Can we design learning environments geared for maximum motivation?

Take cues from Maslow's Hierarchy to build a strong, safe foundation for students to take risks and get to know who they are, and who they’re becoming

What can we learn from human psychology about designing learning environments geared for maximum motivation?

Let’s start by identifying core human motivations using Maslow’s Hierarchy of Human Needs. Psychologist Abraham Maslow studied human motivation as a whole, rather than the discrete pockets of motivation prior studies had identified. Maslow’s Hierarchy is depicted as a pyramid, with the base of the structure housing the most basic needs and more rigorous needs building on top of those. Maslow referred to the first four levels of the hierarchy as deficiency needs, which is to say each lower-level need must be met before moving on to the next level. Should any lower-level need become deficient in the future, people will work to correct the deficiency before moving forward.

All this motivation builds toward the tip of the pyramid: self-actualization. This may seem like a stretch for students, given that most adults spend their lives striving toward this lofty goal. When we build a safe, motivating place for students to turn their focus inward, they’re free to pursue the beginning of self-actualization. How’s that for whole-child education?

So how exactly do school leaders create a learning environment geared toward nurturing and motivating the whole child? Let’s take a cue from Maslow and start at the base of the Hierarchy of Human Needs.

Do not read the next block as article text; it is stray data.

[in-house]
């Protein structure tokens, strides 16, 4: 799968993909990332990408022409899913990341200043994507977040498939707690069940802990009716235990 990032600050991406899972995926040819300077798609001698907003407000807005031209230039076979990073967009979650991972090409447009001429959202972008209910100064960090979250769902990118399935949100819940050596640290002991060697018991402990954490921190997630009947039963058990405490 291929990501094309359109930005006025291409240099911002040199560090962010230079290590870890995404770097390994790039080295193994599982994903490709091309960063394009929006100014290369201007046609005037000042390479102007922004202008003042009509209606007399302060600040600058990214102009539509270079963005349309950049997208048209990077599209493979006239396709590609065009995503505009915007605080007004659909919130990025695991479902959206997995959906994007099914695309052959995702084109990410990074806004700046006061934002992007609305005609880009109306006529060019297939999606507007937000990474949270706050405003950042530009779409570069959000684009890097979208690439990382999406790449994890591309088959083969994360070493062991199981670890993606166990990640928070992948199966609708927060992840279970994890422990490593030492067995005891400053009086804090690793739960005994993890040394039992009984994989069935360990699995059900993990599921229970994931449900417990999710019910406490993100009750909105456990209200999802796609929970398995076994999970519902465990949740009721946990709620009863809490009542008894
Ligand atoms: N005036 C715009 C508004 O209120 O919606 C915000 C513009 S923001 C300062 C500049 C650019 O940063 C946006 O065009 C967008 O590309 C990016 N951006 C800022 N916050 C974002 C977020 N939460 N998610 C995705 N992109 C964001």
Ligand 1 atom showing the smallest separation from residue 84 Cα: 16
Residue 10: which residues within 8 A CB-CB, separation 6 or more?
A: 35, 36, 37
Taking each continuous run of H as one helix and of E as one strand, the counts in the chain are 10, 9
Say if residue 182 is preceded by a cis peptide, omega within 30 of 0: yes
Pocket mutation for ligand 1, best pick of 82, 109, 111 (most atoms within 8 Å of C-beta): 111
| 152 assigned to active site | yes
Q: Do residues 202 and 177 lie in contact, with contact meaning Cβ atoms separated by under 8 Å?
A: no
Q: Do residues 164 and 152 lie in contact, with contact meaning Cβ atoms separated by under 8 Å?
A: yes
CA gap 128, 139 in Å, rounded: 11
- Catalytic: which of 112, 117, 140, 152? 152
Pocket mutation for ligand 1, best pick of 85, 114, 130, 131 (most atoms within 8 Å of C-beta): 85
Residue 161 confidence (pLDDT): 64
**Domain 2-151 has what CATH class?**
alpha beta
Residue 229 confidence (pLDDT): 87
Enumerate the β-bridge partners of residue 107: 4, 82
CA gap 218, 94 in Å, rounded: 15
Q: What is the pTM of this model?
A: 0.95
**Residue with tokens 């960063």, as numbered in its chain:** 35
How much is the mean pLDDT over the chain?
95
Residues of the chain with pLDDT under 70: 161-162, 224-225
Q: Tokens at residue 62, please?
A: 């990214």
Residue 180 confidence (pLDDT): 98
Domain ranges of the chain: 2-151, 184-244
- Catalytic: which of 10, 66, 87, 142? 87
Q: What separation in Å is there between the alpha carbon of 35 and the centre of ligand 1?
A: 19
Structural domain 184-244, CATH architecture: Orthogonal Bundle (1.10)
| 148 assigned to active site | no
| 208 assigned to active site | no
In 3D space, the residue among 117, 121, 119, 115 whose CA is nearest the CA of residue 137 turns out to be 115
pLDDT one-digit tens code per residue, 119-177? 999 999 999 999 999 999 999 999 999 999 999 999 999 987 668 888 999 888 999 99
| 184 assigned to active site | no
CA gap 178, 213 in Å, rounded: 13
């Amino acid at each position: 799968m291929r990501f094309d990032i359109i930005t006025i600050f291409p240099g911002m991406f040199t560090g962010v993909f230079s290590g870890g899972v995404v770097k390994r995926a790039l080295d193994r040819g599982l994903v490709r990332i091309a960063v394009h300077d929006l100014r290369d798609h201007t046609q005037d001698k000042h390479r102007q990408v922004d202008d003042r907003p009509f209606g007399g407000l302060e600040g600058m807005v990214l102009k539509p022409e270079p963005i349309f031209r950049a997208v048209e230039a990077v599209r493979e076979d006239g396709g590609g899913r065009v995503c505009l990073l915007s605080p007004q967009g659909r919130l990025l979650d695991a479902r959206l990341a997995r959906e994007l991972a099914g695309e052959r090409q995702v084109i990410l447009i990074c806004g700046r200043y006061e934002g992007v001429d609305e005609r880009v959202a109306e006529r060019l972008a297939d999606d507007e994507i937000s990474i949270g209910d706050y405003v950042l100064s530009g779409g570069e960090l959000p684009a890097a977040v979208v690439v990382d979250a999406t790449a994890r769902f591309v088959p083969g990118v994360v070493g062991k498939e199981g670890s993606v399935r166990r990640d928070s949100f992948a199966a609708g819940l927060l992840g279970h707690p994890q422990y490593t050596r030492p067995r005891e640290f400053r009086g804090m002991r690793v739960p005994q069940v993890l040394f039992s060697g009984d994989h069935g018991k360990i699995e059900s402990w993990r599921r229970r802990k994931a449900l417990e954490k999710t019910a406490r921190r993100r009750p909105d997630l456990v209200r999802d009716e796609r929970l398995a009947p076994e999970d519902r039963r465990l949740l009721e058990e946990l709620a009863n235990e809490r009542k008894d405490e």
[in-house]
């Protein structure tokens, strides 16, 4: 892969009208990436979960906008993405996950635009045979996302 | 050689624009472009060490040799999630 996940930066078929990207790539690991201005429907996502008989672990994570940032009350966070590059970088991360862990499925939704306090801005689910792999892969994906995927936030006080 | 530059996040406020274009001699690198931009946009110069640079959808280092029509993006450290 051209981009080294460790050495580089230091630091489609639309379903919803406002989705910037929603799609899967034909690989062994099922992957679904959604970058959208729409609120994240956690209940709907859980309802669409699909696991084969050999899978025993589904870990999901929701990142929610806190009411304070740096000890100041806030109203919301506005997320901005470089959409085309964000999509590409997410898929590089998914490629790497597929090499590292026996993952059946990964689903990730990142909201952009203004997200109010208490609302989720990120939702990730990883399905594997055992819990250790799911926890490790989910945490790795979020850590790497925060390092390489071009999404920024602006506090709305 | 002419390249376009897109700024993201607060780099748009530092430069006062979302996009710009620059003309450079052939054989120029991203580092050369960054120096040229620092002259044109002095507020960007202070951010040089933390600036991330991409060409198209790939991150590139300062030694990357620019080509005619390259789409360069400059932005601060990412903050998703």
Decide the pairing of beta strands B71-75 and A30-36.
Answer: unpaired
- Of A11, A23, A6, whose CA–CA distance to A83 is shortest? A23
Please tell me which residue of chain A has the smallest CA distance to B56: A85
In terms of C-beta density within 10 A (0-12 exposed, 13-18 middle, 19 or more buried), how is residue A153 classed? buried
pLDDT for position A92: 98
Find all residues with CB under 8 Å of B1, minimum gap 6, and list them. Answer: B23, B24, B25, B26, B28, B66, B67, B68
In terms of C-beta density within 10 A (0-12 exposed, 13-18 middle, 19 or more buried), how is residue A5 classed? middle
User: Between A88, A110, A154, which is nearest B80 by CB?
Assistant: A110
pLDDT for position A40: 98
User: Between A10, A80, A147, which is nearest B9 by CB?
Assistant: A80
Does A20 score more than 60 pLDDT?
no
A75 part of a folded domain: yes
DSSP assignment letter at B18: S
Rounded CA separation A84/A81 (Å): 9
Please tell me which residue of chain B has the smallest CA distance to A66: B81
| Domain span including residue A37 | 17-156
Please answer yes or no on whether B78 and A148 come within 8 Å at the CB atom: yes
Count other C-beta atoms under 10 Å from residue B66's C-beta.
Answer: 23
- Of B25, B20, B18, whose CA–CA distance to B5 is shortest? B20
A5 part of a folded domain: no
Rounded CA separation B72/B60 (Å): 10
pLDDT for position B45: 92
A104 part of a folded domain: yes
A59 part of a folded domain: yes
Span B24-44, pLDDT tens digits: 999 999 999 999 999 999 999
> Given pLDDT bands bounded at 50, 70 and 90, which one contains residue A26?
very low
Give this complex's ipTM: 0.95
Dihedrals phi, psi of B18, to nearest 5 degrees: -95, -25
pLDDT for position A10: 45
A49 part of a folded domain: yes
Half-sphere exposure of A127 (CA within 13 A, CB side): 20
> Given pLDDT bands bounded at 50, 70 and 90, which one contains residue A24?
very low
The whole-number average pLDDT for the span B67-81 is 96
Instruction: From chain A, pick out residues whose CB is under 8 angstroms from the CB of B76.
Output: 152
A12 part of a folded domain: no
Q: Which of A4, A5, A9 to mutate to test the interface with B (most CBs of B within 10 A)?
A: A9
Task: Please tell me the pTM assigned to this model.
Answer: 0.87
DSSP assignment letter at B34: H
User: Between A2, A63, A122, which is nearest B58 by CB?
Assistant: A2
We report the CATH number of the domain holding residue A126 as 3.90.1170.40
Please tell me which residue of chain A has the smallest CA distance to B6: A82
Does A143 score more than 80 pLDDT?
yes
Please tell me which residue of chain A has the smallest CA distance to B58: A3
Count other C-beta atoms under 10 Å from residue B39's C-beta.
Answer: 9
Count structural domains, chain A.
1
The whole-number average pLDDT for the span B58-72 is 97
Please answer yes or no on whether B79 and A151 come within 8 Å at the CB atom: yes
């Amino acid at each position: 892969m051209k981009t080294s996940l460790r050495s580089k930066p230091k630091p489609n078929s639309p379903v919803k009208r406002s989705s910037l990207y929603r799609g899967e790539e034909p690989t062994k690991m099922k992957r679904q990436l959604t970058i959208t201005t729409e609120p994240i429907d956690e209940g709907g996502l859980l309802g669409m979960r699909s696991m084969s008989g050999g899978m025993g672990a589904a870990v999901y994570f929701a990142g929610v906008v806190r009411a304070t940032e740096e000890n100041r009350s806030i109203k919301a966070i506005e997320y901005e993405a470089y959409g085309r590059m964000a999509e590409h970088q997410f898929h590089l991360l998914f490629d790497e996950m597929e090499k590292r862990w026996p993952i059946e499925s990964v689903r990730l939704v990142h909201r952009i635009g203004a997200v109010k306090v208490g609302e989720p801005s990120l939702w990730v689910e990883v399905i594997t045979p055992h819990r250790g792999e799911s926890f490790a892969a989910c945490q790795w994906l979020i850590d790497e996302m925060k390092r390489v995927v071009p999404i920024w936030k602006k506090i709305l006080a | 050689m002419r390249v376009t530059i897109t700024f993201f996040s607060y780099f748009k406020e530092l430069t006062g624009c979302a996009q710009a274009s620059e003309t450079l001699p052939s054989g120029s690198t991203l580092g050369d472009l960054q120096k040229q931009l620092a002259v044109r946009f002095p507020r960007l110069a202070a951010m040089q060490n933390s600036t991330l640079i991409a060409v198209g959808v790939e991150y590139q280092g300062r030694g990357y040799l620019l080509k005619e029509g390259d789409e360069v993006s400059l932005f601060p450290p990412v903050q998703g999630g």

Physical needs
The most basic human needs make up the wide base of the pyramid linked to bodily comfort and function. In a school setting, we can equate this to creating an accessible, functional environment for all students. A group effort is required to achieve this in schools and districts—enlist the help of the school business office and maintenance teams to correct deficiencies where you find them.

Sources of light in classrooms—whether natural, fluorescent, or some combination of alternative lighting—must be bright enough for students to complete their work. If possible, place SMART boards or other demonstration locations away from any glare from windows or lights.

Help students focus with appropriate sound levels during lessons. To change the acoustics (how sound travels) throughout the learning environment, place textiles and upholstered items strategically to minimize sound absorption near demonstration areas, and increase absorption near echoey cinderblock walls. Consider playing some light background music during group activities to help students focus on the voices nearest to them. For some students, classroom acoustics are the difference between receiving a high-quality education and straining to catch snippets of instruction all day.

ADA compliance isn’t a trend in learning environments—it’s the law. Follow the basic ADA checklist for existing facilities to ensure accessibility for all students.

Inspect and maintain HVAC systems to ensure a comfortable temperature for learning. Heating problems resulted in frigid temps and burst pipes in Baltimore (MD) Public Schools, ultimately shuttering the district over winter 2017.

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